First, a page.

fails to apply to undetected offences
- may argue these do not serve as bad example but still the obligation should be general


promise - moral obligation based on promises or voluntary undertakings

most people do not commit themselves this way and cannot interpret ordinary submission to the law as mounting to such undertaking, as expressed intention is required


estoppel or quasi-estoppel - a person knowingly induces another to obey the law which lead him to believe that I will obey the law myself then I should not let him down by breaking the law

only applies if by breaking the law I adversely affect him but generally it doesn't

generally we do not induce this kind of reliance on others

even if we do, we do not do that knowingly

morally pernicious: suggest that every individual is inevitably obliged to obey the law regardless of how good or bad that law may be


every legal system has some moral merit or alternatively, other moral content (eg good institutions)

if characteristics of law make it morally valuable, then it affects an individual's reasons only to the extent that his action will undermine the law - goes back to example-setting argument


Peter Singer (1973) - reasons to obey the law in a perfect democracy: (i) participation (estoppel by voting) (ii) democratic procedures as a fair way of achieving a compromise b/n competing and legitimate aims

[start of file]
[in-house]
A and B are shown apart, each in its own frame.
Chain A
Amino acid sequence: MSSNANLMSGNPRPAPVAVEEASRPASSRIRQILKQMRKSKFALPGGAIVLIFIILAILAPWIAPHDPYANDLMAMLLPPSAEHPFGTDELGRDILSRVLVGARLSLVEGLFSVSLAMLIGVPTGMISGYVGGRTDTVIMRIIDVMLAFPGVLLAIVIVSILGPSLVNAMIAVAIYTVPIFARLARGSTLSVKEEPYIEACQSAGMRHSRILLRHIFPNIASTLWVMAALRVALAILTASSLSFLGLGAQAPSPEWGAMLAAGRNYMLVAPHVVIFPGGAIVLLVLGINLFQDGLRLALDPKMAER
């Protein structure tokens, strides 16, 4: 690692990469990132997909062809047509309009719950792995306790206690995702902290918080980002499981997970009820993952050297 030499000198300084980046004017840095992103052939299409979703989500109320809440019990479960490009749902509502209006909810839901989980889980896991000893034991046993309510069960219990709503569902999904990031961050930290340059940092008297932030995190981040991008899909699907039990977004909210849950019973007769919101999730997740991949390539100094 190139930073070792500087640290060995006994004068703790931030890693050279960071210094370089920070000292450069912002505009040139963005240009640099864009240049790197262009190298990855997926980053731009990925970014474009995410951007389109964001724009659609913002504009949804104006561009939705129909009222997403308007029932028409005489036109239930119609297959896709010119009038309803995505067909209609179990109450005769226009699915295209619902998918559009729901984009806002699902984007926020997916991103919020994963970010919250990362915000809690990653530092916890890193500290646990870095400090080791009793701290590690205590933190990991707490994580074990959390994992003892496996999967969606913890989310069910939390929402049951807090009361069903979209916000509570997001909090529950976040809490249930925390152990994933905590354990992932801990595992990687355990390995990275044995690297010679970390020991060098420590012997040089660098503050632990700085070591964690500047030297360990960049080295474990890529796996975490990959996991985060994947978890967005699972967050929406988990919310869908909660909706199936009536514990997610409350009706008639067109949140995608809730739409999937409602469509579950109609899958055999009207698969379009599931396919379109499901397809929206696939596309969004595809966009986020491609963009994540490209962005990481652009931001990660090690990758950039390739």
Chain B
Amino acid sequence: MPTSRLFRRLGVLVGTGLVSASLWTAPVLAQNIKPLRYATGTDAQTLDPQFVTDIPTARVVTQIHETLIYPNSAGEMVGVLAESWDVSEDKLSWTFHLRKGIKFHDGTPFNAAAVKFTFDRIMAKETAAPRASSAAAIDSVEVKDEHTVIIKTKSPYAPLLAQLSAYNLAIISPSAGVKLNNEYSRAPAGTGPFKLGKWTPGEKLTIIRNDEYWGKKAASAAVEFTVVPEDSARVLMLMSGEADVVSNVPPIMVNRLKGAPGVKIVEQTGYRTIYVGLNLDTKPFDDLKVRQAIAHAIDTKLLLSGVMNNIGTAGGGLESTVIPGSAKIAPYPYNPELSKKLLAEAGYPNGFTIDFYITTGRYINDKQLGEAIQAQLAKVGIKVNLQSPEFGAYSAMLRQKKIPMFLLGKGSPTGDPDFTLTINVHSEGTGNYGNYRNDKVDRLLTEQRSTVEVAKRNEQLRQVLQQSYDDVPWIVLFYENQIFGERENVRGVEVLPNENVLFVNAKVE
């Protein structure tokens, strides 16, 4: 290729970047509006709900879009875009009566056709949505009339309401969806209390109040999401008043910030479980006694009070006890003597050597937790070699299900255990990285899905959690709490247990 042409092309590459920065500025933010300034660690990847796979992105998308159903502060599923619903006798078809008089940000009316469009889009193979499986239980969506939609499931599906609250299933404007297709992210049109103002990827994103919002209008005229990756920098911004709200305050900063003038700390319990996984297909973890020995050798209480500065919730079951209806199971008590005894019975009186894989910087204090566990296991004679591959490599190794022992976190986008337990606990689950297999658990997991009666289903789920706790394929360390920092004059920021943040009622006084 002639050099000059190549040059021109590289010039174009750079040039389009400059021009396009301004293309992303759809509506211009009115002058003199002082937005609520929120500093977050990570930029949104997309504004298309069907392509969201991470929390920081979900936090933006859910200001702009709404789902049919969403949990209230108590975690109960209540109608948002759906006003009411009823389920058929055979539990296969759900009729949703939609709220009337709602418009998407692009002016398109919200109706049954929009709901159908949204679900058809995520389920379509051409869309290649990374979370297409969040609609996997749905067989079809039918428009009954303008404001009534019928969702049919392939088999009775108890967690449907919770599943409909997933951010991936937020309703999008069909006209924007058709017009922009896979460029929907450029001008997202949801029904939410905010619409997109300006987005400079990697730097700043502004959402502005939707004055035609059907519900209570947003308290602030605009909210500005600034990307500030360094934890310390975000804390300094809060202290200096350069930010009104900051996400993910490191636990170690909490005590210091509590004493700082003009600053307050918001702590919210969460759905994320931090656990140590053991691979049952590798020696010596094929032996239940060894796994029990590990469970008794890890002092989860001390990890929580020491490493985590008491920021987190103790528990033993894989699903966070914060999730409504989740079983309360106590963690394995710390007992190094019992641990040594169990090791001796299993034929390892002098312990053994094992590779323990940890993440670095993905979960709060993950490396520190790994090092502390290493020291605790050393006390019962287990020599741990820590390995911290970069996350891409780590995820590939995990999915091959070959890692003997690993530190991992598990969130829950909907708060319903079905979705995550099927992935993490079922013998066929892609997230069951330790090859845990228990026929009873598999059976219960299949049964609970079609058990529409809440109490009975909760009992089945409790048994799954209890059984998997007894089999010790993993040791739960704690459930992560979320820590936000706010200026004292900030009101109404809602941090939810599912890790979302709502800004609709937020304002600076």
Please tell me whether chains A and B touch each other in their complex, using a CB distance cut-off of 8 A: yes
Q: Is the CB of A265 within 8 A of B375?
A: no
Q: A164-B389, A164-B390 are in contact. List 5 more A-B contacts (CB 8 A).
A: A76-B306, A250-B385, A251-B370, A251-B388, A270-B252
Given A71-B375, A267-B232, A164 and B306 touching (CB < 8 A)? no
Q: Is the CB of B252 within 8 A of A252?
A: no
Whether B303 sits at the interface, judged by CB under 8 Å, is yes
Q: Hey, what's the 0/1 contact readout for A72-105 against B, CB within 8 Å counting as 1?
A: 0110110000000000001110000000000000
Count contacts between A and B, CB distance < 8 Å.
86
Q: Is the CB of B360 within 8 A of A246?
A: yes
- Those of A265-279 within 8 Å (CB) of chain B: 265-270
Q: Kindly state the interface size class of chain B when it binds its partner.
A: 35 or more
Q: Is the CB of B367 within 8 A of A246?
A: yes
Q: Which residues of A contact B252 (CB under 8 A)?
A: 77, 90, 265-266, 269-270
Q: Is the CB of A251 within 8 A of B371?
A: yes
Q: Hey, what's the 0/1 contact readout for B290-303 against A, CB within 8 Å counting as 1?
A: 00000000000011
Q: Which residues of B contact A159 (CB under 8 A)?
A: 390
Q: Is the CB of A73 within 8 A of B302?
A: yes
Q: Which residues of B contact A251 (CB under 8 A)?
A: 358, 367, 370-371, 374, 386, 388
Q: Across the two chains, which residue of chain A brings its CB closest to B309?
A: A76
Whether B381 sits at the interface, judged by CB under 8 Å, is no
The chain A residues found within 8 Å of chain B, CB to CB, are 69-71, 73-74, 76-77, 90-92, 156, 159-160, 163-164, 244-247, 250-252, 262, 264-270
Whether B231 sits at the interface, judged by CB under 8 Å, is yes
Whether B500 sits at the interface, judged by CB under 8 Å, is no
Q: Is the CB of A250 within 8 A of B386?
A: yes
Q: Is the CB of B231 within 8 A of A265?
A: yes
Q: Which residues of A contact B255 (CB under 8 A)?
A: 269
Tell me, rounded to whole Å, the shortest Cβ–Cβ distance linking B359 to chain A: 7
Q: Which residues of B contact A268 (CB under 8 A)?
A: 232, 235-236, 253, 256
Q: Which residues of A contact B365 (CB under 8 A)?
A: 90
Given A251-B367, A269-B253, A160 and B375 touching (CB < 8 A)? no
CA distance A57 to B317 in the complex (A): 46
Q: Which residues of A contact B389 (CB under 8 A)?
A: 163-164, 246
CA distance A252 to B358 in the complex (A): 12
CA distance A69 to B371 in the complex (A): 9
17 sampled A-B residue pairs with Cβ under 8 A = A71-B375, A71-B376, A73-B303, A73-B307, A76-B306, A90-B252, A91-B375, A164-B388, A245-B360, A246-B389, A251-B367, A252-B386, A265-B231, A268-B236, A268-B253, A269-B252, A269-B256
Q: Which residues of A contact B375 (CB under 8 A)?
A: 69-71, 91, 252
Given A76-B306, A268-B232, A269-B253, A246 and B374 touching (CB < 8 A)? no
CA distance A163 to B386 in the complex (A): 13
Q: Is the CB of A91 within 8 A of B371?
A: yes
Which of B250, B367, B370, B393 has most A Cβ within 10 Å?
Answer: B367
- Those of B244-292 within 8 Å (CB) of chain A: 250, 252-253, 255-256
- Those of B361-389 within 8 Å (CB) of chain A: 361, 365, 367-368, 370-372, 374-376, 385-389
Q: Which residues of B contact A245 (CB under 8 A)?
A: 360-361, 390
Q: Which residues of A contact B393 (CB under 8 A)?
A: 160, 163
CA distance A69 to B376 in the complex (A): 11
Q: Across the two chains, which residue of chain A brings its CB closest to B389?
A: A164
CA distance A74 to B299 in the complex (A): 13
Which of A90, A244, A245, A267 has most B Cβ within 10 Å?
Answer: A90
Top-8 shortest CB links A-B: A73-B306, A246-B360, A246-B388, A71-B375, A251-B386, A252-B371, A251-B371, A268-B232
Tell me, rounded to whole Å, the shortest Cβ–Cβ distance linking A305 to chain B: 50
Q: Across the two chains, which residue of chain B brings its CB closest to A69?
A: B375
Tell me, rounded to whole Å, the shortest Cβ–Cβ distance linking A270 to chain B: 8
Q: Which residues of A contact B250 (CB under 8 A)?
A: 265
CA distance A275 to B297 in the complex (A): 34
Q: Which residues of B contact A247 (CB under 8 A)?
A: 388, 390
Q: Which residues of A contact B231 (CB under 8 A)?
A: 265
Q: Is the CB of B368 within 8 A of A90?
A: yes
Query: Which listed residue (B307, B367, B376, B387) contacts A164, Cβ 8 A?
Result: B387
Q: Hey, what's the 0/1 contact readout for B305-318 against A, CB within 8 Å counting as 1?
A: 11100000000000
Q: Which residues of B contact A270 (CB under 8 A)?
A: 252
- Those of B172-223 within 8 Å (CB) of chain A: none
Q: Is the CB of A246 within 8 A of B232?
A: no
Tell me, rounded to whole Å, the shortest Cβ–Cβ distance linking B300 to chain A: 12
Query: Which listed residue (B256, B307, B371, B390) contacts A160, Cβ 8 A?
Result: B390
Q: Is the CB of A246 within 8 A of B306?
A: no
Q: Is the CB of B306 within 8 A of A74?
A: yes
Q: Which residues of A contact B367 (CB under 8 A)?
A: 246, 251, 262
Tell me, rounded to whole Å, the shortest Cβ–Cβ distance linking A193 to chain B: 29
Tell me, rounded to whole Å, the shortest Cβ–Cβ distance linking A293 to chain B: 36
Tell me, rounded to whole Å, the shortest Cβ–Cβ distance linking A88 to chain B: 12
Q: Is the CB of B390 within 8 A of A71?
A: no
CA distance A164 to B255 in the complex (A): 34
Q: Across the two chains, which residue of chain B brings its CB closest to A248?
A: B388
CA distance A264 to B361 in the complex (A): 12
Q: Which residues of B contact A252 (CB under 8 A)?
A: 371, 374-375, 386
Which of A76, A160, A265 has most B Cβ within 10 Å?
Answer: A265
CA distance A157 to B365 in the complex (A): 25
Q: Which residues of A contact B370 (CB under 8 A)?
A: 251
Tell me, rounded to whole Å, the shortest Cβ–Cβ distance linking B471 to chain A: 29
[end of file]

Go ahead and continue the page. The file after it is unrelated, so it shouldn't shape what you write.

(i) simply false factual assumption - non-democrats can participate
(ii) 2 reasons why democratic prod can be thought to be fair (1) the gov is just (then go back to support for institutions (2) the very fact that solution was reached makes it a just solution (misguided)


prudential reasons to obey the law

reasons to do that which the law requires because it requires it (unlike moral reasons)


primary prudential considerations - eg the risk of incurring sanctions

not sufficiently extensive - all of us have opportunities to break the law where no prudential reasons against such actions apply


secondary prudential considerations

apply more widely:
- PPC apply to some or all cases within a certain class (i.e. on some or all occasions in which one can break the law one has a prudential reason for not doing so)

- attempt to establish whether PPC applies in each individual case involve costs(eg risk of miscalculations, time)

- prudential reason to act on a policy of always obeying the law rather than examine in every case whether it is or is not governed by a PPC


shortcoming of prudential policies

- PCs do not give rise to moral obligations
- the extent to which secondary PCs for adopting a policy of abiding the law vary from person to person
- almost nobody has reason to adopt an all-embracing policy b/c they can exempt low-risk areas


Good law without an obligation to obey

This seems to be a paradox: We think a moral citizen obeys the laws of a just legal system, and the
good legal system as one whose laws ought to be obeyed.
To dispel the paradox, has to consider the ways in which the law serves its functions: